My husband and I are both in our 30s and we withdrew from our RRSPs under the first-time Home Buyers’ Plan (HBP). Our question is whether it is worth it for us to pay off the HBP loan, which is about $35,000 between us. His parents say that having an RRSP is useless because it only lowers the pension amount that we can get when we retire. My husband has a pension plan as a federal government employee and I have one through my work at a hospital. My husband earns a $60,000 per year, while I earn $39,000. Money is a bit tight right now as we are trying to pay off more of our mortgage every month and I just found out today that I’m four-weeks pregnant. We are so confused about whether to pay more on our mortgage, buy RRSPs, or pay off our HBP loan. Please guide us on what to do.
In-laws are great. They have a never-ending supply of embarrassing stories from your husband’s past, and if they live nearby, perhaps they will provide some childcare for you in the future. (Congrats on the baby news by the way.) But in-laws don’t necessarily provide the best financial advice.
RRSPs won’t affect pension income
Your husband’s parents told you that an RRSP would lower the pension amount you get when you retire. According to Jason Heath, a CFP with Objective Financial Partners in Toronto, that is inaccurate. “Neither of these pensions are means-tested. That is, they have absolutely nothing to do with your other sources of income.”
Perhaps your in-laws were thinking about Old Age Security, which does get clawed back if your income exceeds a certain level. But given how long it will take before you start collecting OAS, it will be impossible to say what the program will actually look like and how much you’ll be able to draw from it 30 years from now. Instead, it makes more sense to focus on things that will provide the best life for you post retirement.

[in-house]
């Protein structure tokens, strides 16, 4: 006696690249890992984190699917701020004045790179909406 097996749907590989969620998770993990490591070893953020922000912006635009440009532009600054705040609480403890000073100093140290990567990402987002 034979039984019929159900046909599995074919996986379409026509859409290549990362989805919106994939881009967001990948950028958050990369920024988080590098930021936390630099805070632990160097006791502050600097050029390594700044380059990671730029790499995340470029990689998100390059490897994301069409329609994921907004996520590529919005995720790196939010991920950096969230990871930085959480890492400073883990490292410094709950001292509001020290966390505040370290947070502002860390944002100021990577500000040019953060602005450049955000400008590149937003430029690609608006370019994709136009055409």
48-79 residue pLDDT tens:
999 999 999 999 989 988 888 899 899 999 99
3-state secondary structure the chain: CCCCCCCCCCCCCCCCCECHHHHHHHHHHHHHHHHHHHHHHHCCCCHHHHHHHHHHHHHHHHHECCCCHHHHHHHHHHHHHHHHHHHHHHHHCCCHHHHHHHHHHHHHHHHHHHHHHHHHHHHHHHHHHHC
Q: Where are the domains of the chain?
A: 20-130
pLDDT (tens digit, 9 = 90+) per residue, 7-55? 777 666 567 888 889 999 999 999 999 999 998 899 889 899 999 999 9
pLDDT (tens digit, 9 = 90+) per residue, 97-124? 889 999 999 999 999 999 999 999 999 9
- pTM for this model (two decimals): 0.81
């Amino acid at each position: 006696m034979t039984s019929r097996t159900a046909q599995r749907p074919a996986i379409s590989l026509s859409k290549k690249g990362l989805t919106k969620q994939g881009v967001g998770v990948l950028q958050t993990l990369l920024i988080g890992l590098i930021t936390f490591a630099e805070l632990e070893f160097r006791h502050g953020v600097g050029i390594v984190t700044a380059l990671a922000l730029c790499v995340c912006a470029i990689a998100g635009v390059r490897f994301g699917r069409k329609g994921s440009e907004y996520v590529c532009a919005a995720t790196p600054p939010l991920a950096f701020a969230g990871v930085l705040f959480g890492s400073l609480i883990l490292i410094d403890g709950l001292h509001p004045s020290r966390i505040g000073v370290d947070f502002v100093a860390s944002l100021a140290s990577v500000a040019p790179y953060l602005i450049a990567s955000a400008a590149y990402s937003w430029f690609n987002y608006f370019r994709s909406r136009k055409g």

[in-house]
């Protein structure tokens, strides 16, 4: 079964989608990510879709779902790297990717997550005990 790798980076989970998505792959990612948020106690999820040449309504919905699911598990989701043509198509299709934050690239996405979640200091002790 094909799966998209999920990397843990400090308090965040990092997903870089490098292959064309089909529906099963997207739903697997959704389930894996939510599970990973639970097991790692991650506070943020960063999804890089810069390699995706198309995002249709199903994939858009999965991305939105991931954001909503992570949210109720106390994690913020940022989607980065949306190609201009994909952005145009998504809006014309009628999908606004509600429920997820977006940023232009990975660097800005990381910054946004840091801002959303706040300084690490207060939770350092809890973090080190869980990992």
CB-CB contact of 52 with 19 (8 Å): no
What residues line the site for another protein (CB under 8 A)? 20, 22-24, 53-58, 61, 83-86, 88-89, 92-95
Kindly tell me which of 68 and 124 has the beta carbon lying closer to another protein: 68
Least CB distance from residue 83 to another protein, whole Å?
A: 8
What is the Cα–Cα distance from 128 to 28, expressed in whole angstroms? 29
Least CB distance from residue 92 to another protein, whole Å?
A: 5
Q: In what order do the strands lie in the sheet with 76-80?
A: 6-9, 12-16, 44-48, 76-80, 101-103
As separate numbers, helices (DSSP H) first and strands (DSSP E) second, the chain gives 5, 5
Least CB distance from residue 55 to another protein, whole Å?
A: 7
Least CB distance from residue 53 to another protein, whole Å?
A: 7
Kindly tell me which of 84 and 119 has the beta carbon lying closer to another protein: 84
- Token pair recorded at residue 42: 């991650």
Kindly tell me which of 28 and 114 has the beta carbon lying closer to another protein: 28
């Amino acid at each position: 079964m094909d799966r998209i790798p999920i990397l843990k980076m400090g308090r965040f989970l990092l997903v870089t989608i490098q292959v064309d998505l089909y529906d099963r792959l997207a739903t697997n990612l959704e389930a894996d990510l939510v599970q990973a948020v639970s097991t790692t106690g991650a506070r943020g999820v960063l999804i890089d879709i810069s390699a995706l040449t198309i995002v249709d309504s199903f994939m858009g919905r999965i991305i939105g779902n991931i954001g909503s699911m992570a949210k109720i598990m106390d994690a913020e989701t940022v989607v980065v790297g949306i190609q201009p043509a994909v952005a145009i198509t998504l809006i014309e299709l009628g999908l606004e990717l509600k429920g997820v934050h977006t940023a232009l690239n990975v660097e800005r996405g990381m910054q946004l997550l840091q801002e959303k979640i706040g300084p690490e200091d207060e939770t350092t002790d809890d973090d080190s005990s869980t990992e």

As for the claim that RRSPs are “useless,” I beg to differ. RRSPs are a great way to save for retirement because they allow you to defer income tax into the future. This is less critical to you because you and your husband both have pensions, but it is still a big benefit. Look at it this way: wouldn’t it better to have income—and pay taxes on it—than not have any money coming in? Personally, I’d rather be the person with the income.
Tax implications on unpaid HBP loans
If you choose not to repay the HBP loan then the government will treat the amount you withdrew from your RRSP as income and tax you on it. Consider this example. Let’s say your husband withdrew $25,000 of out of his RRSP under the Home Buyers’ Plan. If he decides not to pay the money back, given his salary he’ll be looking at a tax rate of between 31% in Ontario to 38% to Quebec (most of the other provinces fall somewhere in between) on the HBP amount. At those rates your husband would take a $500 and a $650 tax hit a year for the next 15 years. Ouch.
Focus on repaying the HBP loan
You also mention that you are trying to pay as much as you can on your mortgage. If mortgage rates were at 20%, that would be the right approach. But rates are at historic lows, so it makes more sense to pay back your HBP loan to avoid the tax hit instead of trying to get around the 3% to 5% interest you’re paying on your mortgage. Generally speaking, you need to repay 1/15 of the $35,000 amount you withdrew under the HBP every year. That works out to just under $200 per month. My advice would be to stop trying to pay more on your mortgage and instead focus on your HBP repayment.
If you’re anything like we were, you are probably wildly excited and totally stressed about the arrival of a child. When you look at your cash flow, if you really can’t make it work to repay both of your HBP loans, then focus on your husband’s portion of the loan first because he is in the higher tax bracket.
Jason Heath has one other encouraging thought: “If the only debt they have right now is their mortgage, I think they’re doing well for a young couple. I’d be more inclined to ignore the HBP repayments if they had credit card or other consumer debt.” But you don’t have consumer debt. And you do have pensions. You would be amazed how many people would give anything to trade places with you.